The new student assignment plan is on today's Wake County school board agenda but not the new middle school math placement policy.
School board vice chairman John Tedesco said that the second reading of the math policy was pushed to the Nov. 1 meeting because of the potential crowd today for the assignment vote.
Tedesco said he wants to adopt the math policy and deal with the concerns about the new 5th/6th grade compacted math class. One question will be whether a potential new Democratic school board majority might handle both issues differently.
At this month's ED task force meeting, staff shared this policy, this placement criteria, this R&P and this funding source info. It still includes the 70 percent EVAAS probability predictor as the floor and prevented teacher judgment from being used to keep students out of higher-level courses.
Would a new Democratic majority push the floor above 70 percent? Would a new majority modify the language so that teachers could use their judgment to both move kids up and to send them down in a math class?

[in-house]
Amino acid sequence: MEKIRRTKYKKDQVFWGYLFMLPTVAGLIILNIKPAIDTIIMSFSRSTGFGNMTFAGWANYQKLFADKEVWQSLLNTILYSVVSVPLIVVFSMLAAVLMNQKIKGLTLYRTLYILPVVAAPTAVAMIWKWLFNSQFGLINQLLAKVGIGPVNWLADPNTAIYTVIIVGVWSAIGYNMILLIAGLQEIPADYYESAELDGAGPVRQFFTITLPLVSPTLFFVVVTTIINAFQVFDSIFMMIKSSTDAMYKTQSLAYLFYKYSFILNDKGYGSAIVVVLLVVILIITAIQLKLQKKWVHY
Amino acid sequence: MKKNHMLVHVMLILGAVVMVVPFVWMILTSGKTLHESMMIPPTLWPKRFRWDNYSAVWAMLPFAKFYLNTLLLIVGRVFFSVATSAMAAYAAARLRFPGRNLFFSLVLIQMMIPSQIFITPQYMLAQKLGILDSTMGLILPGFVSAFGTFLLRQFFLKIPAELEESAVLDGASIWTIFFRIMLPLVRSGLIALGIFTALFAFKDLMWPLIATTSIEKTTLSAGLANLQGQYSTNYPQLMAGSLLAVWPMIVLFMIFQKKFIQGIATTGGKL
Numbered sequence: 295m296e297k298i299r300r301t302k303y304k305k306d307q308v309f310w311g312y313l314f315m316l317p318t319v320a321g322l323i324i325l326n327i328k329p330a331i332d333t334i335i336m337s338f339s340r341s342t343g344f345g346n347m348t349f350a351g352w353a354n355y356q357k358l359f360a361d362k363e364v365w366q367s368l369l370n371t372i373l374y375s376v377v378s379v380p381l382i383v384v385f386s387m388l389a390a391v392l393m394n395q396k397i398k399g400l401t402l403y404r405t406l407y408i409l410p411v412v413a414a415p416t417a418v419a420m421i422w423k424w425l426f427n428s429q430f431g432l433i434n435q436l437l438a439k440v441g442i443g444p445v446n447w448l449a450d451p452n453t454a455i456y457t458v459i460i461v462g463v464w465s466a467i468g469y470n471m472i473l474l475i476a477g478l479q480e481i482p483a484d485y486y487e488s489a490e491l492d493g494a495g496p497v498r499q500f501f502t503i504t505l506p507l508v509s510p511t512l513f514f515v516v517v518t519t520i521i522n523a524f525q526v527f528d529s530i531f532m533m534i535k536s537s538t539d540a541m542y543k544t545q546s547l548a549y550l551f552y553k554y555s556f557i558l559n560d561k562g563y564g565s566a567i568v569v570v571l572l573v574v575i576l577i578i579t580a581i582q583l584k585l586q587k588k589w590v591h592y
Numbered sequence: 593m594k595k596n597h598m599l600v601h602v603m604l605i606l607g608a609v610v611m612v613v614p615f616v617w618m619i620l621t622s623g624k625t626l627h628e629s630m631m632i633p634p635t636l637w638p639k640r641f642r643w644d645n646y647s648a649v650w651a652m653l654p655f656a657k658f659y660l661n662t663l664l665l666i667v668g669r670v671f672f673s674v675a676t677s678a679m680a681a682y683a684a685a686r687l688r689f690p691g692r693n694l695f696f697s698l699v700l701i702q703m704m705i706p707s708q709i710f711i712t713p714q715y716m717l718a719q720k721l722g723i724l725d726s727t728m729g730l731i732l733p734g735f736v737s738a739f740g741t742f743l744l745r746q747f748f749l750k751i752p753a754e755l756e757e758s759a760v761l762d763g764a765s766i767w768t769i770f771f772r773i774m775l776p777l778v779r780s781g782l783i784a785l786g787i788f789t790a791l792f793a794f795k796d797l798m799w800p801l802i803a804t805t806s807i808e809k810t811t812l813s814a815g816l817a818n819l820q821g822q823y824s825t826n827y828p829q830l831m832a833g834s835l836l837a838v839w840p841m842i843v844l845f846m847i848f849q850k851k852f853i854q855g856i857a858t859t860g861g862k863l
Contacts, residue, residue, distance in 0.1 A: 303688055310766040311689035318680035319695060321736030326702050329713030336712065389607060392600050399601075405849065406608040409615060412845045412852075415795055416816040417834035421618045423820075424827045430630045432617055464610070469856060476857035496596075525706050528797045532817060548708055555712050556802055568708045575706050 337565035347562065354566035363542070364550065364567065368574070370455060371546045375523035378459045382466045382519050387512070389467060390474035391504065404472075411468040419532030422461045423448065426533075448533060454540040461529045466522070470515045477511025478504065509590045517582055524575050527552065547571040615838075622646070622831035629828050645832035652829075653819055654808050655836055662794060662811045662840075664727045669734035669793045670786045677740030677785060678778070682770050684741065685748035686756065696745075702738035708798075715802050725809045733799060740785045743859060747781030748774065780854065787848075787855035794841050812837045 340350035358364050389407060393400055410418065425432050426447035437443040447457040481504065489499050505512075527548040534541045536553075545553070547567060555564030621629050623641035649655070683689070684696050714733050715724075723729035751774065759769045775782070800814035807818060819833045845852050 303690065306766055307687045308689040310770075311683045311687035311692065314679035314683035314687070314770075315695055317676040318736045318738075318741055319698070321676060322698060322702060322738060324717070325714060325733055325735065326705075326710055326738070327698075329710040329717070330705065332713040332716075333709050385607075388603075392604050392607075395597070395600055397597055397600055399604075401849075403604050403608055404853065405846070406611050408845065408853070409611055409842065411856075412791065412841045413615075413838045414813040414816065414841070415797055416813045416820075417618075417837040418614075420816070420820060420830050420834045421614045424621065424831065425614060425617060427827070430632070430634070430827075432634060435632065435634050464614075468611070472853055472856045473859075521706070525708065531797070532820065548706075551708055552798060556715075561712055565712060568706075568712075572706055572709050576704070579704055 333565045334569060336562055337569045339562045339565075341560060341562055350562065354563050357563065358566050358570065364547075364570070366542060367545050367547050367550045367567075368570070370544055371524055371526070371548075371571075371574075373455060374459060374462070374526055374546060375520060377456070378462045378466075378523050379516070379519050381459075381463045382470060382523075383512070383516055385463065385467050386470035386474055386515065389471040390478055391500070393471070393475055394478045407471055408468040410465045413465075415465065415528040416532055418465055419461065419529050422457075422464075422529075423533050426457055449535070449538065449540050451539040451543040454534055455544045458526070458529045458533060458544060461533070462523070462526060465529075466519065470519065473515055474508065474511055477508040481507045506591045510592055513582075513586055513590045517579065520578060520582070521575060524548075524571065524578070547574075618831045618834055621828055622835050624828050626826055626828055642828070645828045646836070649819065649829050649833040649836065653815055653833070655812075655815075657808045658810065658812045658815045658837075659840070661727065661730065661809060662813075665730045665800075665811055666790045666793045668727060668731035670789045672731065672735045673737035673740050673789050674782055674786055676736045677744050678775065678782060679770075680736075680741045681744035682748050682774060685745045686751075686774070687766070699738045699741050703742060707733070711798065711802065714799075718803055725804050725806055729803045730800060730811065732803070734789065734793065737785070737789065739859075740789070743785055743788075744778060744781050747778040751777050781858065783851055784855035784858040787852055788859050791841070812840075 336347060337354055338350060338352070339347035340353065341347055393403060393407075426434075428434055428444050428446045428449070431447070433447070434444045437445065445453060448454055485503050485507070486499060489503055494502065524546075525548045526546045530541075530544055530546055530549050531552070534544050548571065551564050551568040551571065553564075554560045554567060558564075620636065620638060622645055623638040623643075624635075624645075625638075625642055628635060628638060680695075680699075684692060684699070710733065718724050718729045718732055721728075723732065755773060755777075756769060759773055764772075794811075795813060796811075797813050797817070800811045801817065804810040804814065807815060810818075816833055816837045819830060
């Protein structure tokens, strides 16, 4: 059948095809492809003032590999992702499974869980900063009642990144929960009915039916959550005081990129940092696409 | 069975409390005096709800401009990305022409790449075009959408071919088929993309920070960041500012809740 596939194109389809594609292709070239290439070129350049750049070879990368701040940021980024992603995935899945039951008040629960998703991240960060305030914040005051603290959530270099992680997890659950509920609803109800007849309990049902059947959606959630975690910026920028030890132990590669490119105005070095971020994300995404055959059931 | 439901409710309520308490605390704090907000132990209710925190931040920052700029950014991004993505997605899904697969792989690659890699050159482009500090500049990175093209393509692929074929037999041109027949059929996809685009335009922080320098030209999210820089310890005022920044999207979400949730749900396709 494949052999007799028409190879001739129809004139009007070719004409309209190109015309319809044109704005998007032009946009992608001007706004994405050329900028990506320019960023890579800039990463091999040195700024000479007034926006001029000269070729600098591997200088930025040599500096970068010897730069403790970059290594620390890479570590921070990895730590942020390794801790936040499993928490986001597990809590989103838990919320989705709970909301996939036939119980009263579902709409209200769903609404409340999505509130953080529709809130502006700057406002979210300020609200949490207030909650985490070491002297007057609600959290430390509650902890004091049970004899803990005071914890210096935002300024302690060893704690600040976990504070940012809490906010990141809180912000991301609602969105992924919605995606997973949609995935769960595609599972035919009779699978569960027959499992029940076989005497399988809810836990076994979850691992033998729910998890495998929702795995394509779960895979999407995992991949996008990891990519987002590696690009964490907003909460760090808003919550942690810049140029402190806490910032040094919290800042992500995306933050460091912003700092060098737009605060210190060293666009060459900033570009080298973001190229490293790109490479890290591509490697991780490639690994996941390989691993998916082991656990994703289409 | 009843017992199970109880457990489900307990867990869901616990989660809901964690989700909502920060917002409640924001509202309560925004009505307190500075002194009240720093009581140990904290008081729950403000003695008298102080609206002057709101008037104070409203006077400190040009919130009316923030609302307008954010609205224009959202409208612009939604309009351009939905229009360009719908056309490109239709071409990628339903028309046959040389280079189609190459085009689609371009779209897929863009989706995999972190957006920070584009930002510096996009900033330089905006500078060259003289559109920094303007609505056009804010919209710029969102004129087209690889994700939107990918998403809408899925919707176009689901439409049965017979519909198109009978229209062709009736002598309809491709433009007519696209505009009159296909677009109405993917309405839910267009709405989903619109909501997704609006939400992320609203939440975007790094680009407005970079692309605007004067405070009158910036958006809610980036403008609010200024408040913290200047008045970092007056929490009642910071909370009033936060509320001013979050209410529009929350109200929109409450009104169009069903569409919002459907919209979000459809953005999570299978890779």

Any changes would put board members at odds with Superintendent Tony Tata, who has been an enthusiastic backer of the policy.
Also during the ED task force meeting, members learned about the new compacted math class that's allowing fifth-graders to get a big head start. Targeted for academically gifted students, it would put them into position to enter middle school taking pre-algebra in sixth-grade and Algebra I in seventh-grade.
According to this handout, 525 fifth-graders across the county are taking compacted math this school year.
Some task force members complained that it was an attempt to bypass the new math guidelines that are meant to get more qualified eighth-graders in Algebra I. Tedesco said some fear that these efforts to get more students into Algebra I in seventh-grade could result in the weakening of the quality of instruction in the eighth-grade classes.
Tedesco said he believes the board can adopt the math policy next month and also review the implementation of the compacted math classes.
Would a new Democratic majority review the compacted math course or leave it alone? Would Tedesco's fellow Republicans be willing to rock the boat on something that appeals to the AG families?